As technology advances it becomes easier to connect with anyone from anywhere. This is true for families video calling their loved ones around the world and business partners sealing a new deal without ever meeting face to face. Many people view technology as an opportunity to work from home. Some of us are at our most productive when we can roll out of bed and head to the “office” on the living room couch. Before you give up your office space and turn in your parking pass, here are some of the pros and cons of working from home.

Pro: No Commute

Working from home saves you money, time and gas from your daily commute. This is a big factor for most people. The average American commutes between 30 minutes and an hour one way. There’s no rush hour traffic between your bedroom and your home office. You can use the extra time to stop by the kitchen for a cup of coffee.

Pro: No Dress Code

In your own home, you’re free to work without dress code rules. Put away your suit and tie in exchange for shorts and a t-shirt. Not only will your dress be more comfortable, but you are able to control everything in your work environment. At your home office you can adjust the thermostat to your ideal temperature and purchase the nicest, comfiest chair you can find.

Matt Westenburg

Pro: More Flexible Schedule

People who balance a career with family life often benefit from working at home. There is usually more flexibility to attend dance recitals and soccer practices. Parents can play a larger role in caring for their children when they work from home. Your home office expenses are a tax write off and your employer might offer some compensation for your expenses.

Con: No Office Friendships

People who work from home miss out on the daily companionship in an office setting. This means no coffee breaks, no lunch breaks and no happy hours. The distance can also make collaboration and projects more difficult.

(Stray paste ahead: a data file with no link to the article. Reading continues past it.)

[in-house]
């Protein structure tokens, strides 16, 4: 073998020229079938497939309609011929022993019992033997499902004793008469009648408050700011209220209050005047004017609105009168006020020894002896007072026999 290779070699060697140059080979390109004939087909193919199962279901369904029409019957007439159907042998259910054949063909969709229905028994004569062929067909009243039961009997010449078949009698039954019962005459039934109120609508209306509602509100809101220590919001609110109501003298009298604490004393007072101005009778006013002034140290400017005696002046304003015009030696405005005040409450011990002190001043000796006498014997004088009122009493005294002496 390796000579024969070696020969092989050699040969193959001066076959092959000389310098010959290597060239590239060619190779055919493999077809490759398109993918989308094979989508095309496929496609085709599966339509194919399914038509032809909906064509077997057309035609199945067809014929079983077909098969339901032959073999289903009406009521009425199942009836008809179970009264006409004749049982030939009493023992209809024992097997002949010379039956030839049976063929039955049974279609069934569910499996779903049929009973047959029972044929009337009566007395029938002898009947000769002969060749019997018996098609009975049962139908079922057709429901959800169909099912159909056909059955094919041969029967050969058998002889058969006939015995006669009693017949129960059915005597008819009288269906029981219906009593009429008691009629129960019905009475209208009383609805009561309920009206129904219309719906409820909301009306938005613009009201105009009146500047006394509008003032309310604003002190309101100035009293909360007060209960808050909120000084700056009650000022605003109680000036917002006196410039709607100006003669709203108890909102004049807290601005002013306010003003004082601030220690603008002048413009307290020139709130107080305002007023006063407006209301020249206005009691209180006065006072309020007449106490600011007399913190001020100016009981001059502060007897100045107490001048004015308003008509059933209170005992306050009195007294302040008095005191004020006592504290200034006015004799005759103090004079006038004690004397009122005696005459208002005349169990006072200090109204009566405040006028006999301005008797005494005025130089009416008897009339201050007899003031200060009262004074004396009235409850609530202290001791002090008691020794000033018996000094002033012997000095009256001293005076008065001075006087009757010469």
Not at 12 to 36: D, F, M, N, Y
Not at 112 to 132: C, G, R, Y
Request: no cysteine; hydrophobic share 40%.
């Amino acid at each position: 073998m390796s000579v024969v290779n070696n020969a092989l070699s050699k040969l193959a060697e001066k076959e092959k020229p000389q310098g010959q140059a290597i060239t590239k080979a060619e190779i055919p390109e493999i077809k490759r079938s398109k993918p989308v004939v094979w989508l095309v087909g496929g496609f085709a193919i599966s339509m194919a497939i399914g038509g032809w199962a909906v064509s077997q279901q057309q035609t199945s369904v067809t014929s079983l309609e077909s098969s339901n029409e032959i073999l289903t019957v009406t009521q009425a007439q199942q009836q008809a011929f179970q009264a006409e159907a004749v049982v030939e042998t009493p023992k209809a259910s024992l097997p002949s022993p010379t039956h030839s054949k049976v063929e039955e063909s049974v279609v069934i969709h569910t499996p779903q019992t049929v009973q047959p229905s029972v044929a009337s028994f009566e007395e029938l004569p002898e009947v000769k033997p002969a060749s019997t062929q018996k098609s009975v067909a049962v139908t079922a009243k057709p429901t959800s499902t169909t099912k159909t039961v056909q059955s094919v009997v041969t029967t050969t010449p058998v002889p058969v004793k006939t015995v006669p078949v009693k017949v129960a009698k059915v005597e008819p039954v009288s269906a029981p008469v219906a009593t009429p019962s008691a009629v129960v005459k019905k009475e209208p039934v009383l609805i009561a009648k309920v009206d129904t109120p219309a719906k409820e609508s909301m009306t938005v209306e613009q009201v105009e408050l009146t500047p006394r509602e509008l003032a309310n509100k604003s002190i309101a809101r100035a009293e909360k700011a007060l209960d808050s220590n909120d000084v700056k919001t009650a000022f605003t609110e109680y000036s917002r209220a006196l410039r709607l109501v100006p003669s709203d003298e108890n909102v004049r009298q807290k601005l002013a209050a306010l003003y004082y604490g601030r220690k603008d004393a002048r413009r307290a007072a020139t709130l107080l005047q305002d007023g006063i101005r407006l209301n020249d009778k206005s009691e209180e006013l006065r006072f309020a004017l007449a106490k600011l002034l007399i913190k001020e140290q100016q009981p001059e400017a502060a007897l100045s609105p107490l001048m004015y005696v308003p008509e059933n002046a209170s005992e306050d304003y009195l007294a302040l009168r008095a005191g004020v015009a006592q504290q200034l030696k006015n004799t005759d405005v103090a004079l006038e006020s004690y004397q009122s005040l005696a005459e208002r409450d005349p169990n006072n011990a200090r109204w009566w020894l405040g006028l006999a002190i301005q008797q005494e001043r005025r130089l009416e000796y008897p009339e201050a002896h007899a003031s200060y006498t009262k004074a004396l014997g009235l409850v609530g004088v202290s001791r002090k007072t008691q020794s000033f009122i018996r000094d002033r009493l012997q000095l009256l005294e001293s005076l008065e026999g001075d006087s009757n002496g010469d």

Matt Westenburg

Con: Challenging Work/Home Life Balance

It’s easy to feel confined when you’re sleeping, living and working in the same space. Organization and a clean work space become next to impossible goals, especially with kids and pets running around. Even if you have a designated office space, it can be hard to make a work/home life distinction. It’s easier to leave your work stress behind when you’re actually stepping away from the office. From home, your office space is just down the hallway so you might find yourself working at all hours of the day.

Con: Nobody to See Your Work Ethic

When you’re putting in all those extra hours of work from home, your boss likely won’t notice. In an office setting, the boss and management people will see you putting in long days and extra effort. People who from home are often judged strictly on their performance and their numbers. Employers aren’t able to consider other factors, like work ethic, as easily.